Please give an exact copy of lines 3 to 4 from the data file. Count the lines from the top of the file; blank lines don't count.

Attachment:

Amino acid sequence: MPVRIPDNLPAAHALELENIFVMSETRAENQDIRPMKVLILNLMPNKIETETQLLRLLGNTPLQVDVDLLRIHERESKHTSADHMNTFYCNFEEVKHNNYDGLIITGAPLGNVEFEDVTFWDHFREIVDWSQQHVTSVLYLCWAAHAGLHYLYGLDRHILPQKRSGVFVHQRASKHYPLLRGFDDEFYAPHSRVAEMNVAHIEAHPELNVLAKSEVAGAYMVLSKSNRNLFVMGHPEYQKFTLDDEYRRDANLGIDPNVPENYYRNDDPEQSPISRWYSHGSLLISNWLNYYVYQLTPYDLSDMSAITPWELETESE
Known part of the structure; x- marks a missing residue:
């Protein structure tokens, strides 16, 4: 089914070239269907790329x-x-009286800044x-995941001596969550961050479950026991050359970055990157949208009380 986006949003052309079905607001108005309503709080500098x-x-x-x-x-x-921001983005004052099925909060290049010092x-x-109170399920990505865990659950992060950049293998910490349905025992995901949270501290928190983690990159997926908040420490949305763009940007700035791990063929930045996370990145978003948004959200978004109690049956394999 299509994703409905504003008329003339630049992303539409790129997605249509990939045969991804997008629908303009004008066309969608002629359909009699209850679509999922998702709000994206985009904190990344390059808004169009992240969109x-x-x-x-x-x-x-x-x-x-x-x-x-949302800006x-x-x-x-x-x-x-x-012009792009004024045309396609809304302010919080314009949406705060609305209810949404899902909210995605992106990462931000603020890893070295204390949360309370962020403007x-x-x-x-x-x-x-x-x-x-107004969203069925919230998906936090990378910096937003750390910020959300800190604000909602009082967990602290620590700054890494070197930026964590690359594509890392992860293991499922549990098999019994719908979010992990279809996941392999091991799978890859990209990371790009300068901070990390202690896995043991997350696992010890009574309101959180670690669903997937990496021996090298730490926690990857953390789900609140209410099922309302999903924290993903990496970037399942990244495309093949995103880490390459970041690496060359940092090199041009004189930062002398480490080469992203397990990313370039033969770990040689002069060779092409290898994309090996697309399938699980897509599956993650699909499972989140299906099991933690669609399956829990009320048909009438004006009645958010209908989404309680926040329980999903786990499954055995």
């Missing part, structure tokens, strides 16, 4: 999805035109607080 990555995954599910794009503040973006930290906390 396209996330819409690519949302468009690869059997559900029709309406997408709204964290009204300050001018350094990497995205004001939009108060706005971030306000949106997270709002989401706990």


């Protein structure tokens, strides 16, 4: 089914070239269907790329x-x-009286800044x-995941001596969550961050479950026991050359970055990157949208009380 986006949003052309079905607001108005309503709080500098x-x-x-x-x-x-921001983005004052099925909060290049010092x-x-109170399920990505865990659950992060950049293998910490349905025992995901949270501290928190983690990159997926908040420490949305763009940007700035791990063929930045996370990145978003948004959200978004109690049956394999 299509994703409905504003008329003339630049992303539409790129997605249509990939045969991804997008629908303009004008066309969608002629359909009699209850679509999922998702709000994206985009904190990344390059808004169009992240969109x-x-x-x-x-x-x-x-x-x-x-x-x-949302800006x-x-x-x-x-x-x-x-012009792009004024045309396609809304302010919080314009949406705060609305209810949404899902909210995605992106990462931000603020890893070295204390949360309370962020403007x-x-x-x-x-x-x-x-x-x-107004969203069925919230998906936090990378910096937003750390910020959300800190604000909602009082967990602290620590700054890494070197930026964590690359594509890392992860293991499922549990098999019994719908979010992990279809996941392999091991799978890859990209990371790009300068901070990390202690896995043991997350696992010890009574309101959180670690669903997937990496021996090298730490926690990857953390789900609140209410099922309302999903924290993903990496970037399942990244495309093949995103880490390459970041690496060359940092090199041009004189930062002398480490080469992203397990990313370039033969770990040689002069060779092409290898994309090996697309399938699980897509599956993650699909499972989140299906099991933690669609399956829990009320048909009438004006009645958010209908989404309680926040329980999903786990499954055995």
């Missing part, structure tokens, strides 16, 4: 999805035109607080 990555995954599910794009503040973006930290906390 396209996330819409690519949302468009690869059997559900029709309406997408709204964290009204300050001018350094990497995205004001939009108060706005971030306000949106997270709002989401706990």